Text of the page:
I am not well-versed in the motor sport industry, but it seems to me the function names rt and et are not very descriptive. You can get away with single-lettered variables used in function bodies (especially if they are math-heavy), but not in public facing method names. The function body can be simplified as well. Clarity will be maintained by the function name:

DragRacer.prototype.reactionTime = function () {
return Math.random();
};


chrisRT = chrisRT.toFixed(2); -- at this point, you are changing the type of a variable. While the compiler can handle that, you could reduce the developer performance. First, the semantics of a variable are dependent on where it is used in code. While it is not unusual to have variables change their values, here the meaning of the variable changes dynamically. Second, you might need the float value after you need the string value. In this case, you need two separate variables anyways. If you need help naming variables that only differ in types, you could borrow the hungarian notation: strChrisRT = chrisRT.toFixed(2);. The variable name is still somewhat cryptic, but at least you don't have to worry when to convert from float to string.

I am wondering why a drag racer's cocktail is not considered a drink. Blueberry Vodka in lime soda is surely a drink as far as I can tell.

if (chrisRT <= tonyRT) {
chrisRT = tonyRT + 0.09;
}
console.log(chrisRT);//test
console.log(tonyRT);//test

if (chrisRT <= tonyRT) {
chrisRT = 0.19 + tonyRT;
}


Here you have some redundant code. After the first condition body executes, the second condition body will not. If the first condition body does not execute, the second condition body will not execute either, because the condition is the same. In effect, the second condition body is a piece of dead code, and can be removed altogether. As a side note, I'm wondering why the constant is the left argument once, and the right argument the second time.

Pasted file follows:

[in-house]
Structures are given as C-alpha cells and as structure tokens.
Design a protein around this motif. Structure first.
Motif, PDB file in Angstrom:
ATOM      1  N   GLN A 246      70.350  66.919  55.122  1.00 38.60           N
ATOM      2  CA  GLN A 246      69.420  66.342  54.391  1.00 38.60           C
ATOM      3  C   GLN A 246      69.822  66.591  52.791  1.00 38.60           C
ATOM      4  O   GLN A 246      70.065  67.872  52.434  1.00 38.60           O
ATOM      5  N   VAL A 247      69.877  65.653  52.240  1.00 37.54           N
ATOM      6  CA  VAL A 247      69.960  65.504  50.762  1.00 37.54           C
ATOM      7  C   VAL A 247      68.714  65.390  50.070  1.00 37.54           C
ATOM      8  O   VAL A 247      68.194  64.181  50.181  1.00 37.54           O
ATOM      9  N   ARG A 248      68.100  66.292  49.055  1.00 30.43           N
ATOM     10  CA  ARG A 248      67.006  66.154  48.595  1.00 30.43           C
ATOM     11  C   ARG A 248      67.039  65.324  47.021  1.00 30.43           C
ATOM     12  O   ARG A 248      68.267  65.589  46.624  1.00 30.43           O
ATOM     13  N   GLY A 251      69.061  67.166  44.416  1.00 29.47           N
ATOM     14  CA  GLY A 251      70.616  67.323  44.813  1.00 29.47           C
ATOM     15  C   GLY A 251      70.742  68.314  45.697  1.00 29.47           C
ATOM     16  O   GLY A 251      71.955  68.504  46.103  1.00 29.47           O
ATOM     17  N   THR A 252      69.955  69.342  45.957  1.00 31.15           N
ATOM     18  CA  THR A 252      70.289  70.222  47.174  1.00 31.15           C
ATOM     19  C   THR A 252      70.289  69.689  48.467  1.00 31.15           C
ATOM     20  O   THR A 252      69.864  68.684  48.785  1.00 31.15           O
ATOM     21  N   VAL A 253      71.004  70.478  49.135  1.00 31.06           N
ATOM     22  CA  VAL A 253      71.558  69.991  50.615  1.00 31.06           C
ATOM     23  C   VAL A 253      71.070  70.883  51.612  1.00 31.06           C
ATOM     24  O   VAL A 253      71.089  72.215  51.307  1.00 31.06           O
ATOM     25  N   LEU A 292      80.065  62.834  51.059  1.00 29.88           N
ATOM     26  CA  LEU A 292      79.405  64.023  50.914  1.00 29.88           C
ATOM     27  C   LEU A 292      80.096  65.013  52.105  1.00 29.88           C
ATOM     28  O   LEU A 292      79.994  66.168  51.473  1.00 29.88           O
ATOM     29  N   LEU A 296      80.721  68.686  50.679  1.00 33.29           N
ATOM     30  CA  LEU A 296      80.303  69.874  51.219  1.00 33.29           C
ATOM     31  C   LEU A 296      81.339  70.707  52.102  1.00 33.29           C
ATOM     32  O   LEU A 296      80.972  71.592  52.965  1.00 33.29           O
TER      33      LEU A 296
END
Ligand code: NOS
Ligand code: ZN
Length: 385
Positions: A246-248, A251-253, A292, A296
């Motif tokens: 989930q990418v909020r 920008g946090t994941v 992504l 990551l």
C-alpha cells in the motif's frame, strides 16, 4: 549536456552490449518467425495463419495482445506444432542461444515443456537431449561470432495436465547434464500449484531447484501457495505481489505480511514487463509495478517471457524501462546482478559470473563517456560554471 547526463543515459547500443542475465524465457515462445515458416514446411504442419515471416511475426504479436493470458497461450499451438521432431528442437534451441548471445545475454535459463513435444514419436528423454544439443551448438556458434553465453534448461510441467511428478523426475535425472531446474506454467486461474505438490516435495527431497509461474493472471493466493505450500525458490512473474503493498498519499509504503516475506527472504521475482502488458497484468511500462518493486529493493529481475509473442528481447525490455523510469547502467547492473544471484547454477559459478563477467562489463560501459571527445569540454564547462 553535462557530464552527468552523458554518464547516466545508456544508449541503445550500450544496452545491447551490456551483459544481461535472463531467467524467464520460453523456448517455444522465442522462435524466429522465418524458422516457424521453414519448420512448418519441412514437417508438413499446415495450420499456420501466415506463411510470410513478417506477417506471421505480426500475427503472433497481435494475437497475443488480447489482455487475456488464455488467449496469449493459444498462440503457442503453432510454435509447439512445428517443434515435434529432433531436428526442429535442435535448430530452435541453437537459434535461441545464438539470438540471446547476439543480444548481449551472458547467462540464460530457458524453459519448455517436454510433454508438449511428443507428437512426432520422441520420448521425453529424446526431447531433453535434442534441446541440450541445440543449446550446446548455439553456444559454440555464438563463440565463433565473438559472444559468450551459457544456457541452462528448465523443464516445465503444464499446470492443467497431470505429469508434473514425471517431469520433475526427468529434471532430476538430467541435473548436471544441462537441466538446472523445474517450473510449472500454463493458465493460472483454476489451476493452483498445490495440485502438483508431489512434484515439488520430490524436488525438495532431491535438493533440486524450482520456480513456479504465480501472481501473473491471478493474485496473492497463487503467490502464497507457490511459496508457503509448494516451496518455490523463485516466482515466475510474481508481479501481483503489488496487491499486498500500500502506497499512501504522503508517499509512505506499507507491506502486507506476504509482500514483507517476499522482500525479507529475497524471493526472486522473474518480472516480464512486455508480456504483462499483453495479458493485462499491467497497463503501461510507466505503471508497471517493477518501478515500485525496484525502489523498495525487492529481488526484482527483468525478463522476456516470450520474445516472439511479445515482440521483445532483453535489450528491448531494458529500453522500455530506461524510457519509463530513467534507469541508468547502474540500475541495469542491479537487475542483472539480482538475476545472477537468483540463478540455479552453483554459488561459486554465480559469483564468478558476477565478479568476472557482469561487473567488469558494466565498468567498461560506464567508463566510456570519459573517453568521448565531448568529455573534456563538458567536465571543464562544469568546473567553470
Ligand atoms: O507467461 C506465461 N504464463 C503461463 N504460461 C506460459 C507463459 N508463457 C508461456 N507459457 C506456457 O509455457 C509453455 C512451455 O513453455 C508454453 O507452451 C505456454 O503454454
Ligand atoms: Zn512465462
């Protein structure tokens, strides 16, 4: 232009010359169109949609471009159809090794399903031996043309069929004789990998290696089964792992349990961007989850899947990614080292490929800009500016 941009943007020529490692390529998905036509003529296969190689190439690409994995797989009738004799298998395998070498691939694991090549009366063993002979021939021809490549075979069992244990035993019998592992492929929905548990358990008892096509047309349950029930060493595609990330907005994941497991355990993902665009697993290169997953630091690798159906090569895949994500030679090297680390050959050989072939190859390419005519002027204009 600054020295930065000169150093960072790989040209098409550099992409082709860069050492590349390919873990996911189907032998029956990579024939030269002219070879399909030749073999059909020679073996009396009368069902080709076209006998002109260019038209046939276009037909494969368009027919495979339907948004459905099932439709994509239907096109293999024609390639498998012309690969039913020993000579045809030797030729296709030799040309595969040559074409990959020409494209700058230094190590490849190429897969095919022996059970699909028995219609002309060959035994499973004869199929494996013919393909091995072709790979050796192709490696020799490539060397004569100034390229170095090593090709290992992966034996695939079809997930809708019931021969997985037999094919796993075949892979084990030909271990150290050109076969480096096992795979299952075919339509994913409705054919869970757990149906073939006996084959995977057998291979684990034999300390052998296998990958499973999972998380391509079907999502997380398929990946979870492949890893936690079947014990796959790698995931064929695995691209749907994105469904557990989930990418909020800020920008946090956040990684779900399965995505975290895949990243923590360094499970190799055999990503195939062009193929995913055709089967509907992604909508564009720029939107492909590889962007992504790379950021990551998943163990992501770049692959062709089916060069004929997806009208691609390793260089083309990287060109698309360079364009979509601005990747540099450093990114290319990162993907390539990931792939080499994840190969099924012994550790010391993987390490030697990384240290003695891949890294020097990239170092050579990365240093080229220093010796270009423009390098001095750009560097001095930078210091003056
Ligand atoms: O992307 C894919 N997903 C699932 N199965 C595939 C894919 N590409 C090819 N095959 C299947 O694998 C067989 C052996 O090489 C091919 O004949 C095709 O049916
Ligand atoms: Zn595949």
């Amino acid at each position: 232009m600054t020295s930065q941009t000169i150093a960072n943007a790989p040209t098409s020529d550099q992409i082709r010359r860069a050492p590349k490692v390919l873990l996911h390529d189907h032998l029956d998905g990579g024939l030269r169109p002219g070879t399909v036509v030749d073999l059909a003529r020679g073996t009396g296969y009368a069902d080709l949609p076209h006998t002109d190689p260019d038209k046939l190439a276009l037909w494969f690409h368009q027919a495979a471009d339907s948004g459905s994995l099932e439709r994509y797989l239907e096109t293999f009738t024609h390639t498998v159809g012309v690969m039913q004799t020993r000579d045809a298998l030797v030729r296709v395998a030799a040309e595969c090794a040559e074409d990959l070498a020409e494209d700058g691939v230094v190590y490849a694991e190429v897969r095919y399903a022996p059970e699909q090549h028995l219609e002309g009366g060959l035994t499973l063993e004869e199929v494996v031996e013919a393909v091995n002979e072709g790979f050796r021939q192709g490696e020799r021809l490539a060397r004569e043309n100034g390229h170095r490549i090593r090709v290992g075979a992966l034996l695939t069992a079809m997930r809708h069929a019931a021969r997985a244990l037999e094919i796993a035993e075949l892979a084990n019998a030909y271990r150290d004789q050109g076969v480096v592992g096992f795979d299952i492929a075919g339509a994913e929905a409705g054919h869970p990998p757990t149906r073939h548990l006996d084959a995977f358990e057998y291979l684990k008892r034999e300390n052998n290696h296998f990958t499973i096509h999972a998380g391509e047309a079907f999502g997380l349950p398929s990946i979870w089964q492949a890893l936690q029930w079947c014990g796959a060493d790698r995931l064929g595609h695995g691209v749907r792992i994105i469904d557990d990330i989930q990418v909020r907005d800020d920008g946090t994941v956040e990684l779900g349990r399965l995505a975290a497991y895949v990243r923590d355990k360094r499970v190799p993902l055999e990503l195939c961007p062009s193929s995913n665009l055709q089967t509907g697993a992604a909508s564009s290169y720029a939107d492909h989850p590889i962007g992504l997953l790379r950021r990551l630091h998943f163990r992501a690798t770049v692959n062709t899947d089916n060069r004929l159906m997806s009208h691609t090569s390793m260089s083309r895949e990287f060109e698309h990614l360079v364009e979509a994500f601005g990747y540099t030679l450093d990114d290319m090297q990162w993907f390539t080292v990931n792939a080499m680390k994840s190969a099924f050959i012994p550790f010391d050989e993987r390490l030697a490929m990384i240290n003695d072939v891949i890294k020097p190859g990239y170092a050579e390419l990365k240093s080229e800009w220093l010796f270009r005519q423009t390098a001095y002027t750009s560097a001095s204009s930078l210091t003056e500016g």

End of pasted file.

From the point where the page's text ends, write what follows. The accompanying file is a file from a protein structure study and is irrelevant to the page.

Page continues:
I know the purpose is to cheat, but the business logic here is weird anyways. Let me demonstrate with the following table; especially note the discontinuity around 0.00:

chrisRT - tonyRT | -0.02 | -0.01 | 0.00 | 0.01 | 0.02 || 0.08 | 0.09 | 0.10 |
-----------------------------------------------------------------------------
chrisRT - tonyRT |  0.09 |  0.09 | 0.09 | 0.01 | 0.02 || 0.08 | 0.09 | 0.10 |


from the user interface standpoint, confirms are not very nice. Since you are not using the return value, you could use an alert instead, but, if you want a nice interface, you could turn the code into being event driven and communicating via HTML. confirm("hello") => $messages.append($("<p>").text("hello")) (I am using jQuery, but you don't have to). Especially the initial storyline could be present in the initial document as a plain paragraph with a button that runs the javascript part.

Chris' favorite drink is Nitro Metane and 83 and 0.19 and 0.09 . "

I know these are only debugging messages, but still... what?

• I cannot thank you enough for taking the time and effort to respond in such a thoughtful and helpful way. After work, I will respond in kind to some of your questions. Thank you. – Billy Aug 15 '13 at 17:30